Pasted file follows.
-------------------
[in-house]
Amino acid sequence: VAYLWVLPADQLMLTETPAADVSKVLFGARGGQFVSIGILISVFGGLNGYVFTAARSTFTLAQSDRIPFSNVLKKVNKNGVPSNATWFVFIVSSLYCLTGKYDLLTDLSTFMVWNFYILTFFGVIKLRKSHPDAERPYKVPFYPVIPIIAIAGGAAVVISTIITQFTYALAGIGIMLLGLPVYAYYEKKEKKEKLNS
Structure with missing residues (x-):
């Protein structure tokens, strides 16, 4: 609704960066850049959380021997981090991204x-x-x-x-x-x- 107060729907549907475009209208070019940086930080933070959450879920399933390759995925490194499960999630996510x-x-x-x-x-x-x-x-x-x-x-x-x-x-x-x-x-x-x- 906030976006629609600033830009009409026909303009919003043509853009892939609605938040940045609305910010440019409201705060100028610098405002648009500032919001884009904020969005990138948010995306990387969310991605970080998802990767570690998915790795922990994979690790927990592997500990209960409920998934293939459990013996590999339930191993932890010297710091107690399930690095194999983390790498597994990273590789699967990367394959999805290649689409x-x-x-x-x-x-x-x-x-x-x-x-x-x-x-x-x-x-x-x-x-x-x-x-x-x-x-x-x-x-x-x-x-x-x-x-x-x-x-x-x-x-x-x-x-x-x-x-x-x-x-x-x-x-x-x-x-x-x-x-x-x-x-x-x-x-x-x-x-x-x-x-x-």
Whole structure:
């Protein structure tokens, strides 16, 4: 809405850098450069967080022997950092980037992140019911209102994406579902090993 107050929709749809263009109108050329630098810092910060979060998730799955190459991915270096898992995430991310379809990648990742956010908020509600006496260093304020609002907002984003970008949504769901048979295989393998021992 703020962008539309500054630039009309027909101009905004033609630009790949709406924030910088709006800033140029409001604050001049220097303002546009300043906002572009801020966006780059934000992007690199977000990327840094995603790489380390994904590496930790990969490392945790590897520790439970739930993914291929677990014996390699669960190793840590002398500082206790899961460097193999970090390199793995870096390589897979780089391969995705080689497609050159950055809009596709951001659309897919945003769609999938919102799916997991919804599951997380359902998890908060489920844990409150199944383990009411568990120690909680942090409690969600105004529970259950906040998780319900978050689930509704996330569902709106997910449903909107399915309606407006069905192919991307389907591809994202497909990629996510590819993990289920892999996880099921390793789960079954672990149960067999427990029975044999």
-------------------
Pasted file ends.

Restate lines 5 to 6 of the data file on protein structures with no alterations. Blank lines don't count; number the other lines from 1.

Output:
Whole structure:
């Protein structure tokens, strides 16, 4: 809405850098450069967080022997950092980037992140019911209102994406579902090993 107050929709749809263009109108050329630098810092910060979060998730799955190459991915270096898992995430991310379809990648990742956010908020509600006496260093304020609002907002984003970008949504769901048979295989393998021992 703020962008539309500054630039009309027909101009905004033609630009790949709406924030910088709006800033140029409001604050001049220097303002546009300043906002572009801020966006780059934000992007690199977000990327840094995603790489380390994904590496930790990969490392945790590897520790439970739930993914291929677990014996390699669960190793840590002398500082206790899961460097193999970090390199793995870096390589897979780089391969995705080689497609050159950055809009596709951001659309897919945003769609999938919102799916997991919804599951997380359902998890908060489920844990409150199944383990009411568990120690909680942090409690969600105004529970259950906040998780319900978050689930509704996330569902709106997910449903909107399915309606407006069905192919991307389907591809994202497909990629996510590819993990289920892999996880099921390793789960079954672990149960067999427990029975044999």